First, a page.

When your children start walking, don’t assume that you have to stop. Okay, so they no longer fit in the baby carrier, but you’ll be amazed by how much stamina there is in those little legs if you start them young and follow a few simple tips. Here’s our step-by-step guide to tearing kids away from the TV and onto the trail…
1. The route
Start gently with a short trip around the local country park – but first, get all of your walking gear on and tell them you’re going exploring. Afterwards, you could even pitch your tent in the garden: kids love an adventure.
Your first family hike needs careful planning. Make it circular, so there’s always something new to see, and plan a shortcut in case fatigue – or the weather – sets in. Don’t assume kids need level ground: they’ll much prefer scrambling over boulders or leaping a brook to slogging along a flat, featureless stretch of road. Grab the map, and help them pick out rivers, farms and railways, and talk about the ducks, pigs and trains they might encounter along the way. They could even draw up their own version of the route, and be the “leader”.
2. The gear
Children can teach us a lot about the “layering” system – they’ll take off a jumper when they’re too hot, then demand it back two minutes later! Put them in several light layers, so temperature is flexible, and make sure jackets are windproof as well as waterproof.
From our children’s range, consider teaming a Tech-T top (for both boys and girls), quick-drying with permanent odour protection, with a Neutron (boy’s) or Atlas (girl’s) jacket. The Neutron and Atlas both incorporate AQ2 fabric, which is highly waterproof, durable and breathable. They also have a zipped MP3 pocket with an internal exit point for headphones.
Decent footwear is a must, and our Raid boots are light, waterproof and perfect for low-level trail walking. A good investment is a small rucksack complete with whistle and torch, so they feel like a “proper walker” – and, of course, muesli bars, drinks and other treats.
3. On the trail
Keep boredom at bay. Let them strike out ahead and scout for the next waymarker: they’re more likely to spot birds, bunnies and other wildlife up front, too. Kids aren’t too fussy about nice views – instead, stones and similar booty from the path-side are more likely to grab their attention. Feed their imagination with stories about local folklore, stop to play hide-and-seek at castle ruins or build a den in the woods. You could even turn your walk into a treasure hunt: one point for a pine cone, two points for a snail shell, three for a dinosaur egg… you get the idea.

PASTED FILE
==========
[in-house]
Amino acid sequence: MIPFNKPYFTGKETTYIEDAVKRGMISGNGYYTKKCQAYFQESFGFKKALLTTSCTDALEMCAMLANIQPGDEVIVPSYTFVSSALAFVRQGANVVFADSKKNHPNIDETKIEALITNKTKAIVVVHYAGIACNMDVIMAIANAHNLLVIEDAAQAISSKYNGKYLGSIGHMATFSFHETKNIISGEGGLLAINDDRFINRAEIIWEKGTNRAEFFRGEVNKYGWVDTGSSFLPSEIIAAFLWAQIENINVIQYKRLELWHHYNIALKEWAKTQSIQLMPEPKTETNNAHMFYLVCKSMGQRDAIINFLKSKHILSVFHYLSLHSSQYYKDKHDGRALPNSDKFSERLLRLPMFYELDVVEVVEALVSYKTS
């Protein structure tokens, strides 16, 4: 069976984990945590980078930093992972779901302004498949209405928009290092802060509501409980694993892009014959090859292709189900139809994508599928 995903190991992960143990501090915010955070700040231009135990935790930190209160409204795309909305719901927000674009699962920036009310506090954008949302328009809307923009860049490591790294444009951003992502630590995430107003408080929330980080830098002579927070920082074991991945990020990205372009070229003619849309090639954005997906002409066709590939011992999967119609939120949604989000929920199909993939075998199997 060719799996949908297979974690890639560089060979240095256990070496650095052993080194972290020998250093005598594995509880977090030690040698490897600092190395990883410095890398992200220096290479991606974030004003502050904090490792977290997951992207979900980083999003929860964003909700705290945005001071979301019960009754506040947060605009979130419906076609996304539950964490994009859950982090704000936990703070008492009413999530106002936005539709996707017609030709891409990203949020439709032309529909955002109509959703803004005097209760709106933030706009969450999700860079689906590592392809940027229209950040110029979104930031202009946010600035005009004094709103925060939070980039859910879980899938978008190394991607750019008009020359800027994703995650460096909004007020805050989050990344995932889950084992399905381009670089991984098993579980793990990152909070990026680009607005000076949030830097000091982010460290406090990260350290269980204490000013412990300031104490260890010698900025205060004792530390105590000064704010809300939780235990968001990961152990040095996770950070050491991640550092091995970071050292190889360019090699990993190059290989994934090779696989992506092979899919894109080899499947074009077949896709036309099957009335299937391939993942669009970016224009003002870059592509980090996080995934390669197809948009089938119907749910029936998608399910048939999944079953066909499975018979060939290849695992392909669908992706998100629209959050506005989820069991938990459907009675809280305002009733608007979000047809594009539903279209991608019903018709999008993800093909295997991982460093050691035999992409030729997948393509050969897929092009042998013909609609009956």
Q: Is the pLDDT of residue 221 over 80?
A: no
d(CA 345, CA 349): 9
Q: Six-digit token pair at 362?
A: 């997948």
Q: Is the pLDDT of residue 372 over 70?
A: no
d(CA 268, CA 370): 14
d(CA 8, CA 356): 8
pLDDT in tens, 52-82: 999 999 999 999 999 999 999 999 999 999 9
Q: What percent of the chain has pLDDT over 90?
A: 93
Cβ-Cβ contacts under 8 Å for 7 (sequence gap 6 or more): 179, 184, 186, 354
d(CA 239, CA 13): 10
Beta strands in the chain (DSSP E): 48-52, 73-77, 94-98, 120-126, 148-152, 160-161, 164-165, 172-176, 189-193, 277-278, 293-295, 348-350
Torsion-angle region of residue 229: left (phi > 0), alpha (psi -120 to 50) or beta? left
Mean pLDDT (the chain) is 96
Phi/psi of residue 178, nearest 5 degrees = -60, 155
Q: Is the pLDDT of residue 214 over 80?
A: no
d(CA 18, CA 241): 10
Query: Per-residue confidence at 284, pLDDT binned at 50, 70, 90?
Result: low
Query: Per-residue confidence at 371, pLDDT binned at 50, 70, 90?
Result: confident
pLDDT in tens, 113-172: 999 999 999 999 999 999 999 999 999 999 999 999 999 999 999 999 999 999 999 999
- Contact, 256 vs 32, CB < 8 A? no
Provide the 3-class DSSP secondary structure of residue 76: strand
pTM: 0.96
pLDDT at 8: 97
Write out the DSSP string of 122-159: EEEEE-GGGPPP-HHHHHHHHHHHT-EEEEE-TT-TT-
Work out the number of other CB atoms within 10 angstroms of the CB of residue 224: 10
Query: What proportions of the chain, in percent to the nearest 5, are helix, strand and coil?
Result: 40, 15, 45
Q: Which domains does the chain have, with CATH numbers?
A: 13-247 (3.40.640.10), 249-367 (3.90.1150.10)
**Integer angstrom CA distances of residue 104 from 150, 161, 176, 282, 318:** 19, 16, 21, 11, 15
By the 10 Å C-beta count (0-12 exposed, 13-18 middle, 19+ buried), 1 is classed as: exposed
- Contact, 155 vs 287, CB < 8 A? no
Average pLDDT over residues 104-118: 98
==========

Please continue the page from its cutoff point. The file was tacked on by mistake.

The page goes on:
4. The recommended walks
• On the trail of dinosaurs Tap into your children’s passions. If they like dinosaurs, for example, check out the North Yorkshire coast. This was Britain’s original Jurassic Park and, on an exciting ramble along the rocky foreshore from Robin Hood’s Bay to Ravenscar, you can hunt for the footprints of 180 million-year-old monsters. In summer, there are guided fossil hunts for families here (www.dinocoast.co.uk). Another great place for dino-hunting is Charmouth in Dorset, where the Heritage Coast Centre has lots of touchy-feely, child-friendly finds (www.charmouth.org), and organises family fossil safaris.
• From Winnie the Pooh to Watership Down Or perhaps they prefer story-time. In the Ashdown Forest, Sussex, you can follow the trail of A.A. Milne’s favourite children’s characters Winnie the Pooh and Christopher Robin through the real-life Hundred Acre Wood. It’s a child-sized wilderness of pine trees and gorse, and the Pooh Country map from East Grinstead tourism (www.eastgrinstead.gov.uk) points the way to Pooh Sticks Bridge, Roo’s Sandy Pit and the spot where Pooh fished Roo out of the river, using the “North Pole”. Older children might prefer a hop along the original Watership Down hill, from which author Richard Adams took the title of his famous book about rebellion in a rabbit warren. It is a 90-metre (300-foot) turf cliff on the Berkshire Downs, easily conquered via the signposted Wayfarer’s Walk, from Sydmonton village.
• Conquering new heights Once they’re ready for their first proper climb, consider Moel-y-Gest, outside Porthmadog on the fringes of Snowdonia. It’s just 244 metres (800-foot) high – a hill that thinks it’s a mountain – with some satisfyingly craggy rock-hopping on the mile-long path from Morfa Bychan to the summit. Even a five-year-old can conquer it – and for a reward, there are delicious ices at Cadwaladers Café in Porthmadog.